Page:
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[489740f]1.. comment SPDX-License-Identifier: CC-BY-SA-4.0
[f233256]3.. COMMENT: Copyright (c) 2014 embedded brains GmbH.  All rights reserved.
[d755cbd]5M68xxx and Coldfire Specific Information
[f233256]8This chapter discusses the Freescale (formerly Motorola) MC68xxx and Coldfire
9architectural dependencies.  The MC68xxx family has a wide variety of CPU
10models within it based upon different CPU core implementations.  Ignoring the
11Coldfire parts, the part numbers for these models are generally divided into
12MC680xx and MC683xx.  The MC680xx models are more general purpose processors
13with no integrated peripherals.  The MC683xx models, on the other hand, are
14more specialized and have a variety of peripherals on chip including
15sophisticated timers and serial communications controllers.
17**Architecture Documents**
[f233256]19For information on the MC68xxx and Coldfire architecture, refer to the
20following documents available from Freescale website
23- *M68000 Family Reference, Motorola, FR68K/D*.
[d389819]25- *MC68020 User's Manual, Motorola, MC68020UM/AD*.
[d389819]27- *MC68881/MC68882 Floating-Point Coprocessor User's Manual,
[d755cbd]28  Motorola, MC68881UM/AD*.
30CPU Model Dependent Features
[f233256]33This section presents the set of features which vary across m68k/Coldfire
34implementations that are of importance to RTEMS.  The set of CPU model feature
35macros are defined in the file :file:`cpukit/score/cpu/m68k/m68k.h` based upon
36the particular CPU model selected on the compilation command line.
38BFFFO Instruction
[f233256]41The macro ``M68K_HAS_BFFFO`` is set to 1 to indicate that this CPU model has
42the bfffo instruction.
44Vector Base Register
[f233256]47The macro ``M68K_HAS_VBR`` is set to 1 to indicate that this CPU model has a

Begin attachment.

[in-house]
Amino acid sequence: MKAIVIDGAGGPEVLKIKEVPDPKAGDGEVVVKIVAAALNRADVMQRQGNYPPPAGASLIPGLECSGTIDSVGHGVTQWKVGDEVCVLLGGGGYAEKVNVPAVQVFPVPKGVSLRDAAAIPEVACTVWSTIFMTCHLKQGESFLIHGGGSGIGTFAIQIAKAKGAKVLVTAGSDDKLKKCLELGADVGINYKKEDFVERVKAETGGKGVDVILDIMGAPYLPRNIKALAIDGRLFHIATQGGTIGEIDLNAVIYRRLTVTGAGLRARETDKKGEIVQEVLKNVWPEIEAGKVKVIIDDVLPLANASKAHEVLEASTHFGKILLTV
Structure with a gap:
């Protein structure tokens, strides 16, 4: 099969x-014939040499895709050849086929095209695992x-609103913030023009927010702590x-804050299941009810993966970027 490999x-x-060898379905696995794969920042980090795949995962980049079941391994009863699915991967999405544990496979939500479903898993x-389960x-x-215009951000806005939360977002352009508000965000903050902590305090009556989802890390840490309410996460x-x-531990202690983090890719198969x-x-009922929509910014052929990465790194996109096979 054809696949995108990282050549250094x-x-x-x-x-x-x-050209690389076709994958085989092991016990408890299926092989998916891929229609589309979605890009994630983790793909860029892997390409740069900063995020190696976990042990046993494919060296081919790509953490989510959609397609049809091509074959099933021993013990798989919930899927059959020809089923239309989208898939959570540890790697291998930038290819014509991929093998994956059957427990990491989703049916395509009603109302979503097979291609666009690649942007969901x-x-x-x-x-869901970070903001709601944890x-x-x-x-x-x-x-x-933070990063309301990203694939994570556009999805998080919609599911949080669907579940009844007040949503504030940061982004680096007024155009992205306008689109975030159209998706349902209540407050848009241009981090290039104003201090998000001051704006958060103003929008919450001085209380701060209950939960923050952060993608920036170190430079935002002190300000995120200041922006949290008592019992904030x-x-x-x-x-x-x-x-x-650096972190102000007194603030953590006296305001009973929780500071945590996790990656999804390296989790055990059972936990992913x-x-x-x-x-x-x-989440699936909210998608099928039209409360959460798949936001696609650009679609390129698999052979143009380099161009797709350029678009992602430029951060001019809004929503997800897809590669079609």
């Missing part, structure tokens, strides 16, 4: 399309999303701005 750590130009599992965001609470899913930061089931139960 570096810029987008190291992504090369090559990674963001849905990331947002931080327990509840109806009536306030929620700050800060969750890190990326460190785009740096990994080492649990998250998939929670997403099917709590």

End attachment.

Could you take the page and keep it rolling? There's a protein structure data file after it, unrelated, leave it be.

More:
48vector base register (vbr).
50Separate Stacks
[f233256]53The macro ``M68K_HAS_SEPARATE_STACKS`` is set to 1 to indicate that this CPU
54model has separate interrupt, user, and supervisor mode stacks.
56Pre-Indexing Address Mode
[f233256]59The macro ``M68K_HAS_PREINDEXING`` is set to 1 to indicate that this CPU model
60has the pre-indexing address mode.
62Extend Byte to Long Instruction
[f233256]65The macro ``M68K_HAS_EXTB_L`` is set to 1 to indicate that this CPU model has
66the extb.l instruction.  This instruction is supposed to be available in all
67models based on the cpu32 core as well as mc68020 and up models.
69Calling Conventions
[f233256]72The MC68xxx architecture supports a simple yet effective call and return
73mechanism.  A subroutine is invoked via the branch to subroutine (``bsr``) or
74the jump to subroutine (``jsr``) instructions.  These instructions push the
75return address on the current stack.  The return from subroutine (``rts``)
76instruction pops the return address off the current stack and transfers control
77to that instruction.  It is is important to note that the MC68xxx call and
78return mechanism does not automatically save or restore any registers.  It is
79the responsibility of the high-level language compiler to define the register
80preservation and usage convention.
82Calling Mechanism
[f233256]85All RTEMS directives are invoked using either a ``bsr`` or ``jsr`` instruction
86and return to the user application via the rts instruction.
88Register Usage
[f233256]91As discussed above, the ``bsr`` and ``jsr`` instructions do not automatically
92save any registers.  RTEMS uses the registers D0, D1, A0, and A1 as scratch
93registers.  These registers are not preserved by RTEMS directives therefore,